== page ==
Merely prosecuting the corrupt and sending them to jail will not reduce corruption significantly because of the collective action problem. Looking at it from an economic angle, to achieve imprisonments or jail terms will cost the nation billions of naira to accomplish because the EFCC and ICPC will need to spend that much on litigations, and the government will probably have to spend billions also on prison expansion and upgrading the capacity of our court system to cope with an expected exponential rise in the number of cases that will be filed once you add corruption cases to the existing cases. Ex ante the introduction of the deluge of corruption cases to the existing courts system the system was already over burdened and dispensation of justice has been extremely and painfully slow for decades to the extent that it takes on the average 20-30 years for cases to go through the courts from filing at the High Court to final judgment at the Supreme Court.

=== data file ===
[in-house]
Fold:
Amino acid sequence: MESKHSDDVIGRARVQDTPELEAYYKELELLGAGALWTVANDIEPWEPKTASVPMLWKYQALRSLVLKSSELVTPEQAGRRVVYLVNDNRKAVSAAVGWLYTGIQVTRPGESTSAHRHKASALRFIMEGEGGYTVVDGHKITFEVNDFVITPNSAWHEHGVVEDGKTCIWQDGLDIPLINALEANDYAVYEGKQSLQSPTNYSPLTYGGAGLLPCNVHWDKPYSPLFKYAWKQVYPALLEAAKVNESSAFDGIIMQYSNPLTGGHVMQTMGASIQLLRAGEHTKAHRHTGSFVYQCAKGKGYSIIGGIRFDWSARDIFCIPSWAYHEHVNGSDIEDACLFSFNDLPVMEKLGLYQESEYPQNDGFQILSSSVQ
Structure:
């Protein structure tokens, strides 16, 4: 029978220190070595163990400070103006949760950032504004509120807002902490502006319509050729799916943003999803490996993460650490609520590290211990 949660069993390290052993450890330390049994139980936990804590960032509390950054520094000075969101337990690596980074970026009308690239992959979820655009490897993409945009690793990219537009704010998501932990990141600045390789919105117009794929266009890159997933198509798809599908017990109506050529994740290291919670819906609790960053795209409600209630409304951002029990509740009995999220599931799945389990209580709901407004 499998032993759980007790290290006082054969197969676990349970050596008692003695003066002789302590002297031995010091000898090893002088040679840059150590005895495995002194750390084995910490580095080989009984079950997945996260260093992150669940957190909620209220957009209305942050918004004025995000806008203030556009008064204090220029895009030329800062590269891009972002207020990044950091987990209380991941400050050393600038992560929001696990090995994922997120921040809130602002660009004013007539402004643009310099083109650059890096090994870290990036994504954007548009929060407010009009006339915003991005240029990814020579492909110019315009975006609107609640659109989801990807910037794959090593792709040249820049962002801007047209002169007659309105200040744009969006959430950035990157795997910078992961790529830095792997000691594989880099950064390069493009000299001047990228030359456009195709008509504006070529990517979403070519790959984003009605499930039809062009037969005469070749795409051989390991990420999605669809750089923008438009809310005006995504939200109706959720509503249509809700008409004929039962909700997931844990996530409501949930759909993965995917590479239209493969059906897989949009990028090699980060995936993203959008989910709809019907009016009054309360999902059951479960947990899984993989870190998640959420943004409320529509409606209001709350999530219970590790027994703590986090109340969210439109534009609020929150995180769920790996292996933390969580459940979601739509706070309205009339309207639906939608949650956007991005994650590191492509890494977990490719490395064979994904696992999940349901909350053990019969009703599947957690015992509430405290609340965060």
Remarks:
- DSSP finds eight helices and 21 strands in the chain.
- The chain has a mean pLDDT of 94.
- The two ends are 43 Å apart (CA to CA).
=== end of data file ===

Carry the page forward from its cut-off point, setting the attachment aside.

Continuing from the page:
After spending billions of naira, the outcome may be a slight reduction in the supply side of corruption. Not doing something creative to reduce the demand side of corruption may result in the role actors in the supply side of corruption reorganizing their strategies to simply pay higher or bigger bribes to accomplish the same thing that they would have accomplished with lower or smaller bribes. That means that much more laundered proceeds of corruption may be passing through our economy disguised as legitimate business concerns.

If a one-size-fits-all approach of just sending the corrupt to prison is adopted, the number of bribes coming from the supply side will reduce slightly, but the volume of money offered as bribes may be significantly higher even though there are slightly fewer cases of bribes. If the demand side is significantly reduced then significantly fewer bribes will be flowing to the demand side from the supply side. It is just like in cases of drug addiction. The more the addicts that are rehabilitated the fewer the hard drugs that will be demanded by the drug addiction market. The fewer drug addicts you have in a community the lower will be the amount of drugs that can be sold to them and the lower the volume of illicit proceeds of the drug trade that will be passing through the economy of that community.